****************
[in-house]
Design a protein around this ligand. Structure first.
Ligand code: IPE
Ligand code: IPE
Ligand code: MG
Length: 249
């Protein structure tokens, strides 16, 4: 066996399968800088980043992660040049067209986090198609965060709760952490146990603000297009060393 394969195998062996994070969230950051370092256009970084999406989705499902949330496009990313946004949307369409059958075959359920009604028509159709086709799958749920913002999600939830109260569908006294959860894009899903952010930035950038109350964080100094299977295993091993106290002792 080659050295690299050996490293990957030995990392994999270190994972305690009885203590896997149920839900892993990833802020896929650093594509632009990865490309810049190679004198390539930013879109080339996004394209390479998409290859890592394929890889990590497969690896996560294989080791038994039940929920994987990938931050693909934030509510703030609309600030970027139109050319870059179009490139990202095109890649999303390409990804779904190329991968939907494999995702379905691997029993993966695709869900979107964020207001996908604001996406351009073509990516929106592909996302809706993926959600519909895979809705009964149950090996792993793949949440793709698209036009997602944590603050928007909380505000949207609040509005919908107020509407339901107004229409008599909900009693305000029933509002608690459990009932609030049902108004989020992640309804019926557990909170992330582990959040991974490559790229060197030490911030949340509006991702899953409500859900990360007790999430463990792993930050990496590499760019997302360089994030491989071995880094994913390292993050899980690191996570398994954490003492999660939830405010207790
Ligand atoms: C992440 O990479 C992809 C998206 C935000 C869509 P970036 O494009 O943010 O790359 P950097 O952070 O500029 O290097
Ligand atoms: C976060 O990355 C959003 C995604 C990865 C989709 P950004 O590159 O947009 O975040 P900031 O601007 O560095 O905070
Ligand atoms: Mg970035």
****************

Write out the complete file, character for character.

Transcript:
[in-house]
Design a protein around this ligand. Structure first.
Ligand code: IPE
Ligand code: IPE
Ligand code: MG
Length: 249
């Protein structure tokens, strides 16, 4: 066996399968800088980043992660040049067209986090198609965060709760952490146990603000297009060393 394969195998062996994070969230950051370092256009970084999406989705499902949330496009990313946004949307369409059958075959359920009604028509159709086709799958749920913002999600939830109260569908006294959860894009899903952010930035950038109350964080100094299977295993091993106290002792 080659050295690299050996490293990957030995990392994999270190994972305690009885203590896997149920839900892993990833802020896929650093594509632009990865490309810049190679004198390539930013879109080339996004394209390479998409290859890592394929890889990590497969690896996560294989080791038994039940929920994987990938931050693909934030509510703030609309600030970027139109050319870059179009490139990202095109890649999303390409990804779904190329991968939907494999995702379905691997029993993966695709869900979107964020207001996908604001996406351009073509990516929106592909996302809706993926959600519909895979809705009964149950090996792993793949949440793709698209036009997602944590603050928007909380505000949207609040509005919908107020509407339901107004229409008599909900009693305000029933509002608690459990009932609030049902108004989020992640309804019926557990909170992330582990959040991974490559790229060197030490911030949340509006991702899953409500859900990360007790999430463990792993930050990496590499760019997302360089994030491989071995880094994913390292993050899980690191996570398994954490003492999660939830405010207790
Ligand atoms: C992440 O990479 C992809 C998206 C935000 C869509 P970036 O494009 O943010 O790359 P950097 O952070 O500029 O290097
Ligand atoms: C976060 O990355 C959003 C995604 C990865 C989709 P950004 O590159 O947009 O975040 P900031 O601007 O560095 O905070
Ligand atoms: Mg970035």